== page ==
Sergio de Camargo

Large Split Relief No.34/4/74

1964–5

Original title
Grand relief fendu No. 34/4/74
Medium
Polyvinyl acetate paint on limewood on plywood support
Dimensions
Object: 2153 x 921 x 273 mm
Collection
Tate
Acquisition
Purchased 1965
Reference
T00797

Display caption

Brazilian artist Camargo lived in Paris from 1961 to 1974. While living there he made a number of monochrome white works composed of cylindrical pieces of diagonally cut wood, including Large Split Relief. These reliefs, which resemble crystalline growth, generate a play of light and shadow across their surface to explore the organic and rhythmic disposition of the wooden pieces. At the same time, the work highlights the natural material roughness of the wood creating a dialogue between the organic textures of nature and the carefully crafted character of art.

Gallery label, May 2012

Catalogue entry

Sergio de Camargo born 1930

T00797 Grand Relief fendu No.34/4/74 (Large Split Relief No.34/4/74) 1964-5

Inscribed 'Camargo | Paris' and 'Camargo | Paris 1965' on back of panel
Relief of split limewood cylinders on plywood backing, painted white, 83 3/4 x 36 1/4 x 10 3/4 (212 x 92 x 27)
Purchased from the artist through Signals London (Grant-in-Aid) 1965
Exh: Comparaisons, Musée d'Art Moderne de la Ville de Paris, March 1965 (87 bis) as 'Composition'; Peintres, Sculpteurs, Graveurs Brésiliens, Galerie Cavalero, Antibes, May-June 1965 (works not listed)
Repr: Guy Brett, Camargo (London 1966), pl. 39; Edward Lucie-Smith, Movements in Art since 1945 (London 1969), pl.546

According to the artist (letter of 57 January 1966), this was made in December 1964 and January 1965 and was one of a series of four reliefs of this format executed from July 1963 onwards. The first of these was exhibited with two other, smaller works at the 3rd Paris Biennale of 1963 when he won the International Prize for Sculpture (coll. Alix de Rothschild). The second, exhibited at the Museu de Arte Moderna in Rio, was bought by the government of the State of Guanabara and placed in a school, the Roma school, at Rio de Janeiro. The third was shown at the São Paulo Bienal of 1965 and, with four other works, won him the Gold Medal for a Brazilian Sculptor at this Bienal. The Tate's relief was the fourth.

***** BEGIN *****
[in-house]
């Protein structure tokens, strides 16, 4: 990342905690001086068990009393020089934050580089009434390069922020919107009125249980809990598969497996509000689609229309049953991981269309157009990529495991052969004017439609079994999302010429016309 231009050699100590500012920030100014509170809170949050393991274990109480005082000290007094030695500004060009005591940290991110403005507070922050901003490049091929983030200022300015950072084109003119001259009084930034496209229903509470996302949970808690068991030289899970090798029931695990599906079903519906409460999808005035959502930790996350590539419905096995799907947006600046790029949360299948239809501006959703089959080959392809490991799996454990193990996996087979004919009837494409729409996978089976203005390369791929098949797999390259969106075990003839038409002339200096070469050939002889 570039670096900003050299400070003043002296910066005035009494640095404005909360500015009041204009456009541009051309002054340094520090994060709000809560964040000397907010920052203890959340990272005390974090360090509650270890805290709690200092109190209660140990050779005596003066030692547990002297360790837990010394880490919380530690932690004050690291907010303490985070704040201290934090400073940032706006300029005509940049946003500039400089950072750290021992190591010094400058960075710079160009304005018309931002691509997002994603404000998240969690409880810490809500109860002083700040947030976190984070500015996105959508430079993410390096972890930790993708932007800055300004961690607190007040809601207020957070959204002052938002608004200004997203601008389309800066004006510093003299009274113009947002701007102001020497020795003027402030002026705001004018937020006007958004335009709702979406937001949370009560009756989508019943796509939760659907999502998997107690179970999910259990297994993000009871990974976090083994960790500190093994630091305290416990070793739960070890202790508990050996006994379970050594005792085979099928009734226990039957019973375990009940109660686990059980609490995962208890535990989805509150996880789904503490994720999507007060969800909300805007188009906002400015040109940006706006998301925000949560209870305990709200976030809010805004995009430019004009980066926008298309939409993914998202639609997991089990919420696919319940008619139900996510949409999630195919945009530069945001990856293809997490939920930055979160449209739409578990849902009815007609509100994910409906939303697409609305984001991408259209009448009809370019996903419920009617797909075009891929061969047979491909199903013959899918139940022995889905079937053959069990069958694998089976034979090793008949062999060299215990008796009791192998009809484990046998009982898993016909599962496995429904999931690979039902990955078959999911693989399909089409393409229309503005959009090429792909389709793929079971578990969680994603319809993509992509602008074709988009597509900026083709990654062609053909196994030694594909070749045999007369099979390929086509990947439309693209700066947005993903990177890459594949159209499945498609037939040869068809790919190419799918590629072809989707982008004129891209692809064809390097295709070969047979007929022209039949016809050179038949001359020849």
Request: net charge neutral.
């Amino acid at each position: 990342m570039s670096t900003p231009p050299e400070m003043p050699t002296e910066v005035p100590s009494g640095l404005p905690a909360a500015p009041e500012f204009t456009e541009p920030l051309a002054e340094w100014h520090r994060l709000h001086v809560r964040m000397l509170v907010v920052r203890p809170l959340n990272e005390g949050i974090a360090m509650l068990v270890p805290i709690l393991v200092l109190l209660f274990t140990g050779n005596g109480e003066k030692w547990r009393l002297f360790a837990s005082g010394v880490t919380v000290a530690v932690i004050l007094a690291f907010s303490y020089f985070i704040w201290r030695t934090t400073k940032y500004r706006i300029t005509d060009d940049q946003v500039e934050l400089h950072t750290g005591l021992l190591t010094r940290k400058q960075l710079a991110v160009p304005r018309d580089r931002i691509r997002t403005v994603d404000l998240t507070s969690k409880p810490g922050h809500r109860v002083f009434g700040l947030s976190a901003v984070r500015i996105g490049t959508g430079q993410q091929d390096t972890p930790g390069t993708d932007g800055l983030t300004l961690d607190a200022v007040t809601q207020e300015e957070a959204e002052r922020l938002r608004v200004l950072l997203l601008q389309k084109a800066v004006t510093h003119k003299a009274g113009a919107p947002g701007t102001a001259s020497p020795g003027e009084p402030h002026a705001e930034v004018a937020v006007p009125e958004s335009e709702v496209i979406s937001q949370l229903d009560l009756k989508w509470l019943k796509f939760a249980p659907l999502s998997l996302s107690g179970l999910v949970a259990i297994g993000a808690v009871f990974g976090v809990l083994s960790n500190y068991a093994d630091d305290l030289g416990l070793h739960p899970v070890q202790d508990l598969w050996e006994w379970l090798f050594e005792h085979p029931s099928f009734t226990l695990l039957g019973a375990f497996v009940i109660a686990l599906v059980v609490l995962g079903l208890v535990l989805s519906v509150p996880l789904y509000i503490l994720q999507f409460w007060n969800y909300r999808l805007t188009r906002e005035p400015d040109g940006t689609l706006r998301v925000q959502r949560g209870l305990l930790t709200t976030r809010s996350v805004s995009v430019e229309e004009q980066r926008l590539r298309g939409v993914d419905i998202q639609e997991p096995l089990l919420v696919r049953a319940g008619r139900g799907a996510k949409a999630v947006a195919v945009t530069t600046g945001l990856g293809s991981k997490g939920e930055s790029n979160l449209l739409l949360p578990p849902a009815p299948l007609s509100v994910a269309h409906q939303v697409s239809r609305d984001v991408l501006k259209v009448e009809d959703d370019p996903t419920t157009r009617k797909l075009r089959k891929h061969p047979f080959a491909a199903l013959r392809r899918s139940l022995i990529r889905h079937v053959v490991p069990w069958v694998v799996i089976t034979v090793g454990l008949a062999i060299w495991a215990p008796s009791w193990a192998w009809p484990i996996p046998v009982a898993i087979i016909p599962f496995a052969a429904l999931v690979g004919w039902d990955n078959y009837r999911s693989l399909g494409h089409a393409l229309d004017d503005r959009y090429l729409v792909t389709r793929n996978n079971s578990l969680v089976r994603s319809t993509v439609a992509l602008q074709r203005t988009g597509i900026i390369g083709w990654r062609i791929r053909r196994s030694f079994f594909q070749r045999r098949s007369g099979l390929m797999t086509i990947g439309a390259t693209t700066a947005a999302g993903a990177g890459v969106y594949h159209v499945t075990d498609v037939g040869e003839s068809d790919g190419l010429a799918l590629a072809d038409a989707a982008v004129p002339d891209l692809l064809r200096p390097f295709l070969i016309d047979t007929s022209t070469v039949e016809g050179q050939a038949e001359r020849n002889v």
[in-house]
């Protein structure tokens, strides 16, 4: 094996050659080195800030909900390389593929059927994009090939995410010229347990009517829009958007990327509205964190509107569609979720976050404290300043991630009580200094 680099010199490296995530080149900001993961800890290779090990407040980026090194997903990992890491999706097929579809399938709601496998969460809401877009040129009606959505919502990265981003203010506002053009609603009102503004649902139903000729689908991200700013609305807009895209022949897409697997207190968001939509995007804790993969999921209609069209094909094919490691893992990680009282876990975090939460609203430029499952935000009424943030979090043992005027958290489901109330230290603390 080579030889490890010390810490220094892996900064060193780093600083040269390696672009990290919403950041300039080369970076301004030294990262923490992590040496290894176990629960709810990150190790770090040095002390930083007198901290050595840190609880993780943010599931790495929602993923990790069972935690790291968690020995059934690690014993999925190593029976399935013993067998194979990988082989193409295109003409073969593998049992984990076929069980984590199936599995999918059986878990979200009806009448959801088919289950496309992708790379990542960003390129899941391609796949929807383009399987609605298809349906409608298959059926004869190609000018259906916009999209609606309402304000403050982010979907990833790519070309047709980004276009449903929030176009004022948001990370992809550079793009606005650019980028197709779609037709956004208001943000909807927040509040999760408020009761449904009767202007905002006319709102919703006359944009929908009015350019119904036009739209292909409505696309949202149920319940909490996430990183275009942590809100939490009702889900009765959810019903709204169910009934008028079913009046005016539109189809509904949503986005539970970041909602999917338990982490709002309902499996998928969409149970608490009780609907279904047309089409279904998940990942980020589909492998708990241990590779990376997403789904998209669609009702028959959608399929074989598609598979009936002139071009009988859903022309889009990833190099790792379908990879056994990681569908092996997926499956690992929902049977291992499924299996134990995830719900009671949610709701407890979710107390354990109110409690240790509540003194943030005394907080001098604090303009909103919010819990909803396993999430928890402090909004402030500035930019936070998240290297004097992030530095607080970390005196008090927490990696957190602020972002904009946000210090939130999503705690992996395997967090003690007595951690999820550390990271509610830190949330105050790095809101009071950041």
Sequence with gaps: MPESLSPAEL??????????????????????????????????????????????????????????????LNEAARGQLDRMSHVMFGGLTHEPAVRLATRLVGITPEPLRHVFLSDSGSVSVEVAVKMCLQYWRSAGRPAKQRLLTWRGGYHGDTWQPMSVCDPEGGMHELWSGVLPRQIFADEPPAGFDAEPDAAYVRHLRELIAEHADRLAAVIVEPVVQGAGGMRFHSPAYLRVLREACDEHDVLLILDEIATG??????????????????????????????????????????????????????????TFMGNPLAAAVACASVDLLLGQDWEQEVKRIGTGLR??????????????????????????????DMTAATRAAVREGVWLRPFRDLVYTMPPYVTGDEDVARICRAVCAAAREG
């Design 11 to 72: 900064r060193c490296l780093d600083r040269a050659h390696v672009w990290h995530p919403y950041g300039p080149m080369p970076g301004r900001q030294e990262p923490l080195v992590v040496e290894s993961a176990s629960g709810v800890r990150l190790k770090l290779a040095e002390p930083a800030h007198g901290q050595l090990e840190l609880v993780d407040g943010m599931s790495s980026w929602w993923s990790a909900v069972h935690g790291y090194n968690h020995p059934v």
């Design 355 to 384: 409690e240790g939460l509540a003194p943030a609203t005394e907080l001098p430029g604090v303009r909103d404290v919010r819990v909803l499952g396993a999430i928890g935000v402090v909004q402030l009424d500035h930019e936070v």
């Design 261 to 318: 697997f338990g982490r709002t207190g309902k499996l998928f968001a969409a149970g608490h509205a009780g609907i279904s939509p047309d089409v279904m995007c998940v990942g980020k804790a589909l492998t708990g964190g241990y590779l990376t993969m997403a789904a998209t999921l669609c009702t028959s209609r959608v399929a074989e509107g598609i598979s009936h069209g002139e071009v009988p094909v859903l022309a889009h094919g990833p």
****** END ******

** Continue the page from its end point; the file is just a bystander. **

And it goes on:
'This phase, on which I am still working, is a response to a need to dematerialise the work. This means the culmination of the transition from representational figuration to a real space capable of having significance in itself and of having the power to move the emotions because it has been freed from every other intentional suggestion. Light obviously plays an essential formal part in giving the work its visual existence and even its own spatial dimensions. The splits in the elements which I use have the purpose of accentuating the rhythms which arise out of the placing of the elements.'

Published in:
Ronald Alley, Catalogue of the Tate Gallery's Collection of Modern Art other than Works by British Artists, Tate Gallery and Sotheby Parke-Bernet, London 1981, p.95, reproduced p.95


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